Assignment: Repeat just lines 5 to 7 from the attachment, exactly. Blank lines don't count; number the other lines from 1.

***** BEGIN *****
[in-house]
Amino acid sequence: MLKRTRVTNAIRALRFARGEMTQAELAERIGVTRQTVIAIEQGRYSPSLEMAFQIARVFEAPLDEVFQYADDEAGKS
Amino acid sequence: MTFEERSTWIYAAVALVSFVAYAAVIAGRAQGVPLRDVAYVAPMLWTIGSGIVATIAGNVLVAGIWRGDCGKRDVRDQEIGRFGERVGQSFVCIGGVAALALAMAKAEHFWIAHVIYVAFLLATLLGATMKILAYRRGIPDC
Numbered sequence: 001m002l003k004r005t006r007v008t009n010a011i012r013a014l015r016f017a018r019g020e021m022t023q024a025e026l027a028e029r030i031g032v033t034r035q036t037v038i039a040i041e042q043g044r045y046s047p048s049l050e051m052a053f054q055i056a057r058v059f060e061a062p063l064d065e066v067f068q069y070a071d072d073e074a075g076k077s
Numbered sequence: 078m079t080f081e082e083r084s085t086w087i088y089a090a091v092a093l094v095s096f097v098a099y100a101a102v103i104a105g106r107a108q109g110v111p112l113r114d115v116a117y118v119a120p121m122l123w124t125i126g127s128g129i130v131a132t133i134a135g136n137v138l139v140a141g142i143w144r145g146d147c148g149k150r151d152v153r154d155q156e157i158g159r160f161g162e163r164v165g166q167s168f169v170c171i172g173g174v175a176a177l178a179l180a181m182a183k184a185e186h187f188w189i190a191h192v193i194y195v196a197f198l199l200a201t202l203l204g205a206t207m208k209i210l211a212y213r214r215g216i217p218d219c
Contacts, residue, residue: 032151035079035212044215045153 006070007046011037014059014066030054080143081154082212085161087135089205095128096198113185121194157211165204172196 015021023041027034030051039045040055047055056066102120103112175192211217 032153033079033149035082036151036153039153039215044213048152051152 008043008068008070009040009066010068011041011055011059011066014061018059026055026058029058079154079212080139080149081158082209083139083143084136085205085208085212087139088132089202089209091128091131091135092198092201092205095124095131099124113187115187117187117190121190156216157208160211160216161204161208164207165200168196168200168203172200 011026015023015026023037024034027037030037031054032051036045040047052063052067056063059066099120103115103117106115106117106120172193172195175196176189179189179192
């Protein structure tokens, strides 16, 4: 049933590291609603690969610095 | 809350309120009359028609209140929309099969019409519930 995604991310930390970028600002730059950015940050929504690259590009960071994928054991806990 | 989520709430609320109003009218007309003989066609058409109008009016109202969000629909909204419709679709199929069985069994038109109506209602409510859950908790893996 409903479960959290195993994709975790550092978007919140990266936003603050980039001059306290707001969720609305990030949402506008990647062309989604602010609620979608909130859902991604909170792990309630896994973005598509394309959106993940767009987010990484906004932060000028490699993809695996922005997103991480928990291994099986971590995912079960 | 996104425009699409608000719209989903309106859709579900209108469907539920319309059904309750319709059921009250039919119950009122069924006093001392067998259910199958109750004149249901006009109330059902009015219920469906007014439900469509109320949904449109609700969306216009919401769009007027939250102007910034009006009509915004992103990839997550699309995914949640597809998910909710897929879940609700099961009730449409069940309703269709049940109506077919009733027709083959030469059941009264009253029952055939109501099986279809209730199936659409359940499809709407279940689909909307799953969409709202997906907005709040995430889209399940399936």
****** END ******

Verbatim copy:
Numbered sequence: 078m079t080f081e082e083r084s085t086w087i088y089a090a091v092a093l094v095s096f097v098a099y100a101a102v103i104a105g106r107a108q109g110v111p112l113r114d115v116a117y118v119a120p121m122l123w124t125i126g127s128g129i130v131a132t133i134a135g136n137v138l139v140a141g142i143w144r145g146d147c148g149k150r151d152v153r154d155q156e157i158g159r160f161g162e163r164v165g166q167s168f169v170c171i172g173g174v175a176a177l178a179l180a181m182a183k184a185e186h187f188w189i190a191h192v193i194y195v196a197f198l199l200a201t202l203l204g205a206t207m208k209i210l211a212y213r214r215g216i217p218d219c
Contacts, residue, residue: 032151035079035212044215045153 006070007046011037014059014066030054080143081154082212085161087135089205095128096198113185121194157211165204172196 015021023041027034030051039045040055047055056066102120103112175192211217 032153033079033149035082036151036153039153039215044213048152051152 008043008068008070009040009066010068011041011055011059011066014061018059026055026058029058079154079212080139080149081158082209083139083143084136085205085208085212087139088132089202089209091128091131091135092198092201092205095124095131099124113187115187117187117190121190156216157208160211160216161204161208164207165200168196168200168203172200 011026015023015026023037024034027037030037031054032051036045040047052063052067056063059066099120103115103117106115106117106120172193172195175196176189179189179192
């Protein structure tokens, strides 16, 4: 049933590291609603690969610095 | 809350309120009359028609209140929309099969019409519930 995604991310930390970028600002730059950015940050929504690259590009960071994928054991806990 | 989520709430609320109003009218007309003989066609058409109008009016109202969000629909909204419709679709199929069985069994038109109506209602409510859950908790893996 409903479960959290195993994709975790550092978007919140990266936003603050980039001059306290707001969720609305990030949402506008990647062309989604602010609620979608909130859902991604909170792990309630896994973005598509394309959106993940767009987010990484906004932060000028490699993809695996922005997103991480928990291994099986971590995912079960 | 996104425009699409608000719209989903309106859709579900209108469907539920319309059904309750319709059921009250039919119950009122069924006093001392067998259910199958109750004149249901006009109330059902009015219920469906007014439900469509109320949904449109609700969306216009919401769009007027939250102007910034009006009509915004992103990839997550699309995914949640597809998910909710897929879940609700099961009730449409069940309703269709049940109506077919009733027709083959030469059941009264009253029952055939109501099986279809209730199936659409359940499809709407279940689909909307799953969409709202997906907005709040995430889209399940399936």